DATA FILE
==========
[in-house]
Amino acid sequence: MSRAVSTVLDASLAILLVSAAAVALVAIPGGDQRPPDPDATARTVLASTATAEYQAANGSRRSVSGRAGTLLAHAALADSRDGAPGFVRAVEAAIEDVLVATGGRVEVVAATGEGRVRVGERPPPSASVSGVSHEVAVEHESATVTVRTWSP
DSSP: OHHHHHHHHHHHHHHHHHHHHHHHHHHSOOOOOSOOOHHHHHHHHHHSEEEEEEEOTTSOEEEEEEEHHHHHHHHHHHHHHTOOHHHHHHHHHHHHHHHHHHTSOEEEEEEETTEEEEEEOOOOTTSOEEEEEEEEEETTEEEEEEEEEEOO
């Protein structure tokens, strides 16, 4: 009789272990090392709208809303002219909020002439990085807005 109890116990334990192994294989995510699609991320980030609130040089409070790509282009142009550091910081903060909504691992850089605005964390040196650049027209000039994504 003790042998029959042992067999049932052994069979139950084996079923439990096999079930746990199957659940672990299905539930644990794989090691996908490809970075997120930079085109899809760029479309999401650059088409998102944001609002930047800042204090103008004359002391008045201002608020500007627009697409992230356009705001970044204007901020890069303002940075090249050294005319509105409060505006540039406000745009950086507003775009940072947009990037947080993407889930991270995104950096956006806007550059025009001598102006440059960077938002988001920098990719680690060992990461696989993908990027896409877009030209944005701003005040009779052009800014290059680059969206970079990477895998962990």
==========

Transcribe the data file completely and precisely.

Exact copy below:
[in-house]
Amino acid sequence: MSRAVSTVLDASLAILLVSAAAVALVAIPGGDQRPPDPDATARTVLASTATAEYQAANGSRRSVSGRAGTLLAHAALADSRDGAPGFVRAVEAAIEDVLVATGGRVEVVAATGEGRVRVGERPPPSASVSGVSHEVAVEHESATVTVRTWSP
DSSP: OHHHHHHHHHHHHHHHHHHHHHHHHHHSOOOOOSOOOHHHHHHHHHHSEEEEEEEOTTSOEEEEEEEHHHHHHHHHHHHHHTOOHHHHHHHHHHHHHHHHHHTSOEEEEEEETTEEEEEEOOOOTTSOEEEEEEEEEETTEEEEEEEEEEOO
């Protein structure tokens, strides 16, 4: 009789272990090392709208809303002219909020002439990085807005 109890116990334990192994294989995510699609991320980030609130040089409070790509282009142009550091910081903060909504691992850089605005964390040196650049027209000039994504 003790042998029959042992067999049932052994069979139950084996079923439990096999079930746990199957659940672990299905539930644990794989090691996908490809970075997120930079085109899809760029479309999401650059088409998102944001609002930047800042204090103008004359002391008045201002608020500007627009697409992230356009705001970044204007901020890069303002940075090249050294005319509105409060505006540039406000745009950086507003775009940072947009990037947080993407889930991270995104950096956006806007550059025009001598102006440059960077938002988001920098990719680690060992990461696989993908990027896409877009030209944005701003005040009779052009800014290059680059969206970079990477895998962990």